Summary of Scientific Results: Evolution of the Accretionary Prism | Table of Contents


Stratigraphic Framework of Incoming Sediments
Results from Leg 190 help define several important spatial and temporal differences in the stratigraphy of the Shikoku Basin. These stratigraphic variations in turn influence patterns of deformation within the Nankai Subduction System. Beginning at the stratigraphic base, a volcaniclastic-rich facies overlies basalt basement at Site 1177 (Ashizuri Transect; Figs. 8A, 10). This facies differs from basal strata at Sites 808 and 1173 (Muroto Transect) in two important ways. First, the oldest strata at Site 1177 are early Miocene in age, rather than middle Miocene, and second, they contain considerable amounts of siliciclastic silt and sand in addition to volcanic sand and ash. The lower Miocene siliciclastic and volcaniclastic beds probably were eroded from the Japan Island arc and the Kyushu-Palau remnant arc. The age variation in basal sediment from west to east can be explained by proximity to the axis of the spreading ridge of Shikoku Basin. The ridge was active between 26 and 15 Ma, and seamount eruptions along the Kinan chain may have continued to 13—12 Ma. Temporal correlation of the Miocene ash beds remains uncertain. Given the existing biostratigraphic resolution, volcaniclastic beds along the Ashizuri Transect appear to be older than the thick rhyolitic tuff deposits that were cored at Site 808, so they may have been erupted from a different source.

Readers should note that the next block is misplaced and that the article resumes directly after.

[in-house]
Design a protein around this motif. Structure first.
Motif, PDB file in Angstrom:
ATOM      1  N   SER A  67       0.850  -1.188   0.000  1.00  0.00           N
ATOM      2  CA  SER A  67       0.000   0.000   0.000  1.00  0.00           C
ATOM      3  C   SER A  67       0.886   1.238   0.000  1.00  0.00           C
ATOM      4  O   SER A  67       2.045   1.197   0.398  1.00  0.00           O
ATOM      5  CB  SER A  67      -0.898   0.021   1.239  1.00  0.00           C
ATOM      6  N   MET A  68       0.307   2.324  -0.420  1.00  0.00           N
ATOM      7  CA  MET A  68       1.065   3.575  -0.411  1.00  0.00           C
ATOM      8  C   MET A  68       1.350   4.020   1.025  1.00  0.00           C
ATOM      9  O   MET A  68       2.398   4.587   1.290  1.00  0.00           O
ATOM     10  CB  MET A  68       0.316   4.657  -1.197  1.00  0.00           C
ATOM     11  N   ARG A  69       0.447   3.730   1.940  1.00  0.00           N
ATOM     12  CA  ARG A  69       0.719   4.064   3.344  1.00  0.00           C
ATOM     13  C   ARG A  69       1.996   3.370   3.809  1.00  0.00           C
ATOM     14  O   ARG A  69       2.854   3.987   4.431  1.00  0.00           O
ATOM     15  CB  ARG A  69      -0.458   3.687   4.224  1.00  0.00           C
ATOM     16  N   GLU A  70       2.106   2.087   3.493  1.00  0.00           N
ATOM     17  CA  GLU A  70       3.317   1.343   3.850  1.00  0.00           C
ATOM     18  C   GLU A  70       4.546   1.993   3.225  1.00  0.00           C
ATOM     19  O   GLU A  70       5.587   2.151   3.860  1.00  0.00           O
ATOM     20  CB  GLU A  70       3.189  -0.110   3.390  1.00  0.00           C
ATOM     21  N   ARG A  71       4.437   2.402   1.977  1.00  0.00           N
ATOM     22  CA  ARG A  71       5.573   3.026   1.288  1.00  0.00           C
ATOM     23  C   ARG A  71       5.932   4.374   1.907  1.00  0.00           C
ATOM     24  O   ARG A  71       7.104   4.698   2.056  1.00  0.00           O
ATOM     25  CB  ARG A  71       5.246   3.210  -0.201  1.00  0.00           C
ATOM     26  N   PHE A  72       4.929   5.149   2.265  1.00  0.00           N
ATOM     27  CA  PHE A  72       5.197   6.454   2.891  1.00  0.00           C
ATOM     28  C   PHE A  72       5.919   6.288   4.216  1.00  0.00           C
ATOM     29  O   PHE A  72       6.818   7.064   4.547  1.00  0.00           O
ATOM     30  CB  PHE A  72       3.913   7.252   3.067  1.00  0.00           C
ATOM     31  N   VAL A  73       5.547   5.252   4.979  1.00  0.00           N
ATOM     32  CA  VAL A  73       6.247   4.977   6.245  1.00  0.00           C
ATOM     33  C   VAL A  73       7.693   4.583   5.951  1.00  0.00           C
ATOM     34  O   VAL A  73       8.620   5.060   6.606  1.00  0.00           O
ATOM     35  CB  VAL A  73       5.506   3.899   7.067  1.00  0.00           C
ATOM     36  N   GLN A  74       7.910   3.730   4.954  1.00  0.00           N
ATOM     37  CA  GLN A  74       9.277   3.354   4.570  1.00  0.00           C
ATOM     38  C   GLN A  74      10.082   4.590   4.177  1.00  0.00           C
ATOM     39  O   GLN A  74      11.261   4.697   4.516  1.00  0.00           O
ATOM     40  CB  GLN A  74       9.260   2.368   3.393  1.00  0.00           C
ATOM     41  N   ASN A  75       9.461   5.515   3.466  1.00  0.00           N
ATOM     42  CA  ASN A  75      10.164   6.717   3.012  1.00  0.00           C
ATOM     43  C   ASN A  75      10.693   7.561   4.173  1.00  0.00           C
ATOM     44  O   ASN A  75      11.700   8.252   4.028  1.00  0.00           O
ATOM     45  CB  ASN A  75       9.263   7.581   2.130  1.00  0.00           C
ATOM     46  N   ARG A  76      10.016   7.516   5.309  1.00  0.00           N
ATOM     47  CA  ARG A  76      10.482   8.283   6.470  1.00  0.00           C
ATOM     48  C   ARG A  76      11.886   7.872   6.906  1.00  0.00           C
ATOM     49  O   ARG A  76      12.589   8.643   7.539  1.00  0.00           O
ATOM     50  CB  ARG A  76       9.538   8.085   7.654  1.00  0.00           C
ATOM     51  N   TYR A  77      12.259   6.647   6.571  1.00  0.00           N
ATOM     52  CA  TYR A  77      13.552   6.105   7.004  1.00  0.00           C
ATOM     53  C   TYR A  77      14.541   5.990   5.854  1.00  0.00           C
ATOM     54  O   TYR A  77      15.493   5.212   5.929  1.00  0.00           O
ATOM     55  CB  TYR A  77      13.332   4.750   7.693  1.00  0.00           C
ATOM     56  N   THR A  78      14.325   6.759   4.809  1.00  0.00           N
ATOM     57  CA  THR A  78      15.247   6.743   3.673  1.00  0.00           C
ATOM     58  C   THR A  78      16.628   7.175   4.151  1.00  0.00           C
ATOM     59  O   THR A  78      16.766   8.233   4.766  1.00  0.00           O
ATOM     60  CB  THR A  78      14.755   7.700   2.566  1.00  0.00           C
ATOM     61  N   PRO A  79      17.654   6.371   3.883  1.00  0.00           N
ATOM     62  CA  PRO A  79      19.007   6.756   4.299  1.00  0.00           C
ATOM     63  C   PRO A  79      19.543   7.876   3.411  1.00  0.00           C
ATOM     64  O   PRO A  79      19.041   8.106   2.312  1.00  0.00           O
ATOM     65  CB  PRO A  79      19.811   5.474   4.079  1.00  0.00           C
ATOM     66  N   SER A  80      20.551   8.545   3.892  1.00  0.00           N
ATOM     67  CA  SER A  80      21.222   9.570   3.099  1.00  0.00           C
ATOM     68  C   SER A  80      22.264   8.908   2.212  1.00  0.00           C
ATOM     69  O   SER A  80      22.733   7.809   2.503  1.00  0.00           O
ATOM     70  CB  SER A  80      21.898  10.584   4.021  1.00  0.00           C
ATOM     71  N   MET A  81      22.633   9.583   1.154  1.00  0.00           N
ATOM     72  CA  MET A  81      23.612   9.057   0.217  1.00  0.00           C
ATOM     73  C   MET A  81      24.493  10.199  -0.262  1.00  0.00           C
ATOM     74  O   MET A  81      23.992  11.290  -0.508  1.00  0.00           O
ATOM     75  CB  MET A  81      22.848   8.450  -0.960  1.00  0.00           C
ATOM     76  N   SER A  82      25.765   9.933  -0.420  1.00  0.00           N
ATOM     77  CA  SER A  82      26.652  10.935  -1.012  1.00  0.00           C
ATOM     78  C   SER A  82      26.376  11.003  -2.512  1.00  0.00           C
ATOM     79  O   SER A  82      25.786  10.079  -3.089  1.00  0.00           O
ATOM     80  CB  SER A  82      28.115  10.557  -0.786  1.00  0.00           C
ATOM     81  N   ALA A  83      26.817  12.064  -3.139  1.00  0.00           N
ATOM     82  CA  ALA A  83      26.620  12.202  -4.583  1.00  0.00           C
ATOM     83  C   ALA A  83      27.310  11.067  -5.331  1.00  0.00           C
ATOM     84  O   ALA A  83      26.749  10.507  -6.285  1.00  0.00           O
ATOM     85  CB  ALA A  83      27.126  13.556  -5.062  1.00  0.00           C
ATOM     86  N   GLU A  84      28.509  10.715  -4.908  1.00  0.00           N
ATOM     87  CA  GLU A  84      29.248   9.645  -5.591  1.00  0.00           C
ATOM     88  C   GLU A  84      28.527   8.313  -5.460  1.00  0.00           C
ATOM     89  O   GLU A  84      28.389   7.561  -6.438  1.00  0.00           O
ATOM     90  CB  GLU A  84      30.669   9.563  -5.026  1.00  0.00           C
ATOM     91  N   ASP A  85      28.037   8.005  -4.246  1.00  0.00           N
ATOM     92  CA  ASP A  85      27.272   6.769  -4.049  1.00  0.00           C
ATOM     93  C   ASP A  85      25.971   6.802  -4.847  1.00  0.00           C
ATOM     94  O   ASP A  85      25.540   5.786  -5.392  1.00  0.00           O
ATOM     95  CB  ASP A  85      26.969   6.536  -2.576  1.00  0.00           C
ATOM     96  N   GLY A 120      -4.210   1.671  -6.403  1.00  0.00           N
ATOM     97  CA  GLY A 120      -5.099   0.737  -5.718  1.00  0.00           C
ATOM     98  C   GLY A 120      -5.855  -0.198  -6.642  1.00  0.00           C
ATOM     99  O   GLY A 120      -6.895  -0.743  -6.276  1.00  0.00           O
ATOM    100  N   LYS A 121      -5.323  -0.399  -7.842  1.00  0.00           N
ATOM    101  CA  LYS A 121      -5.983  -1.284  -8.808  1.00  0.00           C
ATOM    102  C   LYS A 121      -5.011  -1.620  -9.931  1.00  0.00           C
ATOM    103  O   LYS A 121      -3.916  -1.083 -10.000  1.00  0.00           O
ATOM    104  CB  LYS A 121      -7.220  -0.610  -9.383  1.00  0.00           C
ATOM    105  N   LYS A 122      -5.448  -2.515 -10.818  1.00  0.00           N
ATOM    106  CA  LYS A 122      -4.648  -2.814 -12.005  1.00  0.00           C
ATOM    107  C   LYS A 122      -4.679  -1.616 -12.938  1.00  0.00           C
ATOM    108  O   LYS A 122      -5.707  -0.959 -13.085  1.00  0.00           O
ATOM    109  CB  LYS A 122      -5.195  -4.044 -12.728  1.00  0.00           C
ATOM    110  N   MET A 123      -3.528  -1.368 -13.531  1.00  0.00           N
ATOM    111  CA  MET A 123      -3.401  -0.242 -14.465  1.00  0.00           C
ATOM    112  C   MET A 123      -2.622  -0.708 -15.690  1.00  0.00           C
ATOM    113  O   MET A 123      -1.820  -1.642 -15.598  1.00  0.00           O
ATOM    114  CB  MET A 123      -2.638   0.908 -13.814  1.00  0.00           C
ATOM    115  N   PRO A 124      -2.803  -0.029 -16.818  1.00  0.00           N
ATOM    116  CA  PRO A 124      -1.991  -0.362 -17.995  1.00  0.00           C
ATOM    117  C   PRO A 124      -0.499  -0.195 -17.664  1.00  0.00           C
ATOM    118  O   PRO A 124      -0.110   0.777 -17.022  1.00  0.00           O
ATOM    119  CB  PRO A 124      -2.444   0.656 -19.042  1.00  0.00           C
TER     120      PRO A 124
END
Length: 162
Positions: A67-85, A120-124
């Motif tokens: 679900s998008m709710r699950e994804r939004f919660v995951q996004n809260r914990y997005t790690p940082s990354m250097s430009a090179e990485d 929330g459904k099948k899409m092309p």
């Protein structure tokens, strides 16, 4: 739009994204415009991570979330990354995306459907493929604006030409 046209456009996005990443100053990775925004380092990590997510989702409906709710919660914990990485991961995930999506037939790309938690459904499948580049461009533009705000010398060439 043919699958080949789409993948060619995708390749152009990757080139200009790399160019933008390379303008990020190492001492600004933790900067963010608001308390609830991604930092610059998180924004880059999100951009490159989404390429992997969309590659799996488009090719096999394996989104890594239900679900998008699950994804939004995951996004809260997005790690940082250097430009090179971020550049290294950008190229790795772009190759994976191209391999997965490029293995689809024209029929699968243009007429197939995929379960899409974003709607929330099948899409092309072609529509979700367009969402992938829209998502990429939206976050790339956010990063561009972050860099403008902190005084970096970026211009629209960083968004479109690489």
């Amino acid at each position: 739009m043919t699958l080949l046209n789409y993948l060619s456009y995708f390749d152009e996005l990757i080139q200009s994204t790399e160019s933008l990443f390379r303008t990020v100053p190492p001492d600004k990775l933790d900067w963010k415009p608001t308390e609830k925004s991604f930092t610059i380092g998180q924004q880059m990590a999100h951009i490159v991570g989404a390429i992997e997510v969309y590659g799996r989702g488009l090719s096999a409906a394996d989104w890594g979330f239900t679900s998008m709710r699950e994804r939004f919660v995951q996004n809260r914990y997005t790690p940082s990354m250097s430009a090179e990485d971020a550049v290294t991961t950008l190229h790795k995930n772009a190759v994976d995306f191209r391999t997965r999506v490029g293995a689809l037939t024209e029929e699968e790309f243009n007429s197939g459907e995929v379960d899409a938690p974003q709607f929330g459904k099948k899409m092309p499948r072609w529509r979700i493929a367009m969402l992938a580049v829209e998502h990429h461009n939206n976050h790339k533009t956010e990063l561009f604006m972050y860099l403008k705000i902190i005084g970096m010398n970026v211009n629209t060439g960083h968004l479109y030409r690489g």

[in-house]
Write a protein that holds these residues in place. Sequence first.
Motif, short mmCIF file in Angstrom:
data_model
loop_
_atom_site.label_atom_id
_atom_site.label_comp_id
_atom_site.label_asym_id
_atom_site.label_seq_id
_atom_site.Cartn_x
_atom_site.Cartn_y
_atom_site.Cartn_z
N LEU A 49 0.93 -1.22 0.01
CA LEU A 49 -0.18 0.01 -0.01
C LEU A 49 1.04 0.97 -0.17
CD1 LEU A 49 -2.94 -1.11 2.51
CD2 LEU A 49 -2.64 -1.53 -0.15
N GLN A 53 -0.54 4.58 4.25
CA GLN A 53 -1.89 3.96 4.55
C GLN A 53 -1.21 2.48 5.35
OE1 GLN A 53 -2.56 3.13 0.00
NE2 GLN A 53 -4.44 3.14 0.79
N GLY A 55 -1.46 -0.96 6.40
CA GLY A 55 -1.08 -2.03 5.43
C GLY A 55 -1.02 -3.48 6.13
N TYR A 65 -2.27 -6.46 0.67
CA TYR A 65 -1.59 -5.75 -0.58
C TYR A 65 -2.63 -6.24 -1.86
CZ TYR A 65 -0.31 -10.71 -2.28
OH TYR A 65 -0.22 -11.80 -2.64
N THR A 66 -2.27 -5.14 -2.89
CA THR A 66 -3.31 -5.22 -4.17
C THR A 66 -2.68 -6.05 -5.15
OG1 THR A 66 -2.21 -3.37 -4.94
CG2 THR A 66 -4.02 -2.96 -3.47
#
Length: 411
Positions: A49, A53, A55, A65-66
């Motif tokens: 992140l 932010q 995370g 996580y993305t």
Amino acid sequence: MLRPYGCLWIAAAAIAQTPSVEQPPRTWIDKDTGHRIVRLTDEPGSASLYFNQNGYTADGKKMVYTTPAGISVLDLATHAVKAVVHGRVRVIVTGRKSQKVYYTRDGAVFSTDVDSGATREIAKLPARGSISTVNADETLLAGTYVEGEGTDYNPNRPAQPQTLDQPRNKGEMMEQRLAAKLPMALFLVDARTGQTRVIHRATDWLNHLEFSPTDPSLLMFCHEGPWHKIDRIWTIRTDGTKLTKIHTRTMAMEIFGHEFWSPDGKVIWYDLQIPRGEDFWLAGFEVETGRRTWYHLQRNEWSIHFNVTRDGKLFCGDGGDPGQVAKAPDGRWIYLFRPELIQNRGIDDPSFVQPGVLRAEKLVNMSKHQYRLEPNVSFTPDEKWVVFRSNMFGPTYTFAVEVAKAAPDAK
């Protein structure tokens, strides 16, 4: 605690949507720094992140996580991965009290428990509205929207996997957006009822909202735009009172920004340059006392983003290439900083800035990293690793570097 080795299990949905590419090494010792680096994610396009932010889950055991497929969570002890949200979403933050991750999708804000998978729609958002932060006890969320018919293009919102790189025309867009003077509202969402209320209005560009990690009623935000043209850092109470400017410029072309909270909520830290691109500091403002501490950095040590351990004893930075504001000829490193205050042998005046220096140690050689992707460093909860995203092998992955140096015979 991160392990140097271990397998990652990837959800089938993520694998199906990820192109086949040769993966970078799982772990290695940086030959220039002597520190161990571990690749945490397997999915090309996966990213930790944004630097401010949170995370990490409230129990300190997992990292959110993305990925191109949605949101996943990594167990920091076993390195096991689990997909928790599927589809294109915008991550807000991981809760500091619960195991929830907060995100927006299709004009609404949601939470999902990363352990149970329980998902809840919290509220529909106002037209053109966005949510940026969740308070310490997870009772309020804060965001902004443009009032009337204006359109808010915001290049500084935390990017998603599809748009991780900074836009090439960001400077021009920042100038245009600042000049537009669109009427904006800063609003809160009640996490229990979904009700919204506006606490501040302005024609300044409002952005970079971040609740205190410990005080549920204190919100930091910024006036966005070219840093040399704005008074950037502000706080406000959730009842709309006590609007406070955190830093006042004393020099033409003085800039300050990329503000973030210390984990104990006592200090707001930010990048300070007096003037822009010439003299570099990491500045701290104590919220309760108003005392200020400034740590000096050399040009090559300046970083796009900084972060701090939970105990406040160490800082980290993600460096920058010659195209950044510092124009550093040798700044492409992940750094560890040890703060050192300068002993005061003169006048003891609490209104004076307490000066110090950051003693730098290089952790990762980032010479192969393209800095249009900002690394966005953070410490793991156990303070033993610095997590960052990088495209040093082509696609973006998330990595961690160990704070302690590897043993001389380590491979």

Cores from Site 1177 include a package of lower(?) to upper Miocene siliciclastic turbidites with abundant woody organic matter. Deposition of correlative turbidites at DSDP Site 297 also began during the Miocene but continued into the Pliocene. The Miocene turbidites at Site 1177 were derived from a relatively large land mass, most likely southern Japan, and the dispersal system spread terrigenous sediment over a broad area of Shikoku Basin. During that same time interval, the seaward part of the Muroto Transect area sat above the basement high formed by the Kinan Seamounts. Higher seafloor relief evidently prevented the upslope deposition of turbidites.

Fine-grained hemipelagic deposits of Shikoku Basin display an unexpected characteristic of unusually high magnetic susceptibility. Magnetic susceptibility increases even within mudstone intervals between the Miocene turbidite packets at Site 1177. The mineralogic cause of this magnetic response in Shikoku Basin strata remains unknown.

A facies change from the lower to upper Shikoku Basin is defined at all sites by the absence to presence of ash beds containing recognizable volcanic glass shards. Most of the Pliocene volcanic ash beds probably were derived from the Honshu-Kyushu arc. Particle size, chemical composition, temperature, depth of burial, and time affect ash alteration and preservation. Thus, this unit boundary is time transgressive and sensitive to regional and temporal changes in the margin's thermal structure.

Shikoku Basin strata experienced diachronous burial during the Pliocene and Quaternary beneath an upward-coarsening and upward-thickening wedge of trench turbidites. The Nankai Trench wedge is thinner in the Muroto Transect area (above the basement high), but individual turbidites tend to be thinner and finer grained toward the southwest (DSDP Site 582). Quaternary sedimentation rates at Sites 1173 and 1174 were 600 and 760 m/m.y., respectively, more than one order of magnitude higher than the rate for Miocene turbidites at Site 1177 (35.5 m/m.y.). The main reasons for the higher rates of trench sedimentation include erosion from rapidly uplifting volcanic and metasedimentary terranes in the Honshu-Izu collision zone of central Japan and confinement of most sediment gravity flows to an axial dispersal system.

Summary of Scientific Results: Evolution of the Accretionary Prism | Table of Contents